Japan’s claim to Dokdo in video
The Ministry of Foreign Affairs, which only discovered the video yesterday, said it will protest against it.
The video, which runs for one minute and 27 seconds, can be viewed on a YouTube channel named MOFAchannel, which is run by the Ministry of Foreign Affairs of Japan. As of yesterday afternoon, it had not been blocked by Korean censors.
The video starts with a narration saying, “Do you know about Takeshima?” (Takeshima is Japan’s name for Dokdo.) It goes on to make a series of unacknowledged claims alongside a link to the ministry Web page with detailed information.
The narrator says the Japanese government established sovereignty over the islets in the 17th century and that the United States rejected Korea’s request to force Japan to give them up when the San Francisco Peace Treaty between Japan and part of the allied powers was signed after World War II. The video clip also says Korea illegally took control of the islets in 1952, and Japan has proposed three times that the two countries bring the issue to the International Court of Justice. Korea has rejected that proposal.
Seoul’s Ministry of Foreign Affairs spokesman, Cho Tai-young, said yesterday the ministry is “lodging a strong protest against the Japanese government’s attempt at removing our sovereignty over Dokdo by spreading groundless claims over the Internet.” The ministry demanded Japan delete the video immediately.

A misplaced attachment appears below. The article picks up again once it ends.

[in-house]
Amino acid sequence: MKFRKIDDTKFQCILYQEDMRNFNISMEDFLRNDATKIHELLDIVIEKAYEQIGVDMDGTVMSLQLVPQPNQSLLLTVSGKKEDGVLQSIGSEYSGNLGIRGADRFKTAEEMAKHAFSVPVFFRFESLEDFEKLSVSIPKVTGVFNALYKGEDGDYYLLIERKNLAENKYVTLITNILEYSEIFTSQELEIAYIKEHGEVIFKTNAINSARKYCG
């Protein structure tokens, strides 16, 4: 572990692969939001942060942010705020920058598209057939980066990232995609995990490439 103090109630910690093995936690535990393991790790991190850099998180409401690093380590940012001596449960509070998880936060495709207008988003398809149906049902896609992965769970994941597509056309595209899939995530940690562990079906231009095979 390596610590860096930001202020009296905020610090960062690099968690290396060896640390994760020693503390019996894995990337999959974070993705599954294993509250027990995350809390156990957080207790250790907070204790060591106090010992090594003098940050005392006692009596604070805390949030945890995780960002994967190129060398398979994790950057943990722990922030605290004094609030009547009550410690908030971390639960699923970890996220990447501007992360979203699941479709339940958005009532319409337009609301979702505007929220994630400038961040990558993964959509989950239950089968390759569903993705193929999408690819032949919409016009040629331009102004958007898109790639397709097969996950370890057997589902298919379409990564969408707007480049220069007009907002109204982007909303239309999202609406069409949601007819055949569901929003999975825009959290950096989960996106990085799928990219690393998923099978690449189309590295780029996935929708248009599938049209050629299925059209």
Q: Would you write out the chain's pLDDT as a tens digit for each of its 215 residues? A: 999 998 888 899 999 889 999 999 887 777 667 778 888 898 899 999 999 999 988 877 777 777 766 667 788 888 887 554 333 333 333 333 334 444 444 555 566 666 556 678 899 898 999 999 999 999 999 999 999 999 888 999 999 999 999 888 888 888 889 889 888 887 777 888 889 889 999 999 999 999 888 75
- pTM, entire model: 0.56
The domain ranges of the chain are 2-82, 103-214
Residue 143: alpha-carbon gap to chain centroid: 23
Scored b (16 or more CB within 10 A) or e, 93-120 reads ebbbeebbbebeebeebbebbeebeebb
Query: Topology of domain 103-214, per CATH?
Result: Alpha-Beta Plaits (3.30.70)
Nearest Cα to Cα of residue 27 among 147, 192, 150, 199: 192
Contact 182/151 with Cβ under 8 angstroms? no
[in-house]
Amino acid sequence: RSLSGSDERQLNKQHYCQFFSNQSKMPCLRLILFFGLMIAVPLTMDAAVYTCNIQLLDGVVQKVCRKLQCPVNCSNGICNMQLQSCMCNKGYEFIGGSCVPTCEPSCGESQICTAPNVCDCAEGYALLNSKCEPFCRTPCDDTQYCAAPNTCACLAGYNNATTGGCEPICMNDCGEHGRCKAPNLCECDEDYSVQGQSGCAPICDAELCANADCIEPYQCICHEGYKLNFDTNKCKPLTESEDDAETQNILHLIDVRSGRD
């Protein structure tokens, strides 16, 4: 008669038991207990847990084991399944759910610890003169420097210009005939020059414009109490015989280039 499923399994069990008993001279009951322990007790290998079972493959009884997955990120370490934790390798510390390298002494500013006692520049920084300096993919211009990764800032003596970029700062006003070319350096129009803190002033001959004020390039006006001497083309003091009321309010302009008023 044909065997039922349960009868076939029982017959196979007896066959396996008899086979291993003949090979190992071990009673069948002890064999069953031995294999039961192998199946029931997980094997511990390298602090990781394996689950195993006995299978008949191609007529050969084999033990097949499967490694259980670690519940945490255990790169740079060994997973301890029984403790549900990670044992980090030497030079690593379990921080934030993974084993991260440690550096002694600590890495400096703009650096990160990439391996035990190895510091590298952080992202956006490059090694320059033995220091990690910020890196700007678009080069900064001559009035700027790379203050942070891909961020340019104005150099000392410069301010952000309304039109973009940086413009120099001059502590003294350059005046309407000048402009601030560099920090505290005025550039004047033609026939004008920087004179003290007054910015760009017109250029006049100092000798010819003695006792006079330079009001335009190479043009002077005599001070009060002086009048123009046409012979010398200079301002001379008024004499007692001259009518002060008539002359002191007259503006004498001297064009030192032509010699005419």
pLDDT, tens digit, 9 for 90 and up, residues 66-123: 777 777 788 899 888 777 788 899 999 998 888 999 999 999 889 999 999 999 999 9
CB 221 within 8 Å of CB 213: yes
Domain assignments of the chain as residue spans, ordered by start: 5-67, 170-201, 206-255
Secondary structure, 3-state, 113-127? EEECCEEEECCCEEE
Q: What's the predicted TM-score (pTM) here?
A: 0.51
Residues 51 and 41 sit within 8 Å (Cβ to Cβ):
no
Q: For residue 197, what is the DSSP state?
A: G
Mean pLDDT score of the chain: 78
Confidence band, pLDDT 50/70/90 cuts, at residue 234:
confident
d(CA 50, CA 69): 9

“We hope the Japanese government realizes that such an unhistorical and anachronistic act of provocation serves as a crucial factor in blocking the progress in Korea-Japan relations and it should learn from past cases of other countries sincerely taking responsibility for historical mistakes,” the spokesman said.
Another ministry official said Japan has been “copycatting” Korea’s moves when it comes to the Dokdo issue.
“When Korea published a video on Dokdo, Japan came up with a similar one,” he said, “and when Korea hosted a forum on the islands, Japan followed suit.”
Late last year, Korea’s Foreign Ministry produced a video clip to be used for college classes and published a different video on YouTube in September to repeat its claim to Dokdo. The ministry plans to dub the video in seven foreign languages by the end of November.
With the launch of the Shinzo Abe administration late last year, the Japanese government has been stepping up its territorial claims. Right above the link to the video on Takeshima sits another link to a video clip about the Senkaku Islands, known as the Diaoyu Islands by China.
Tension between Japan and China has remained high due to competing territorial claims to the eight uninhabited islands and rocks in the East China Sea. Whereas China says the islands have been part of its territory since ancient times, Japan says it surveyed the islands for 10 years and erected a sovereignty marker that formally incorporated the islands into its territory in 1895.
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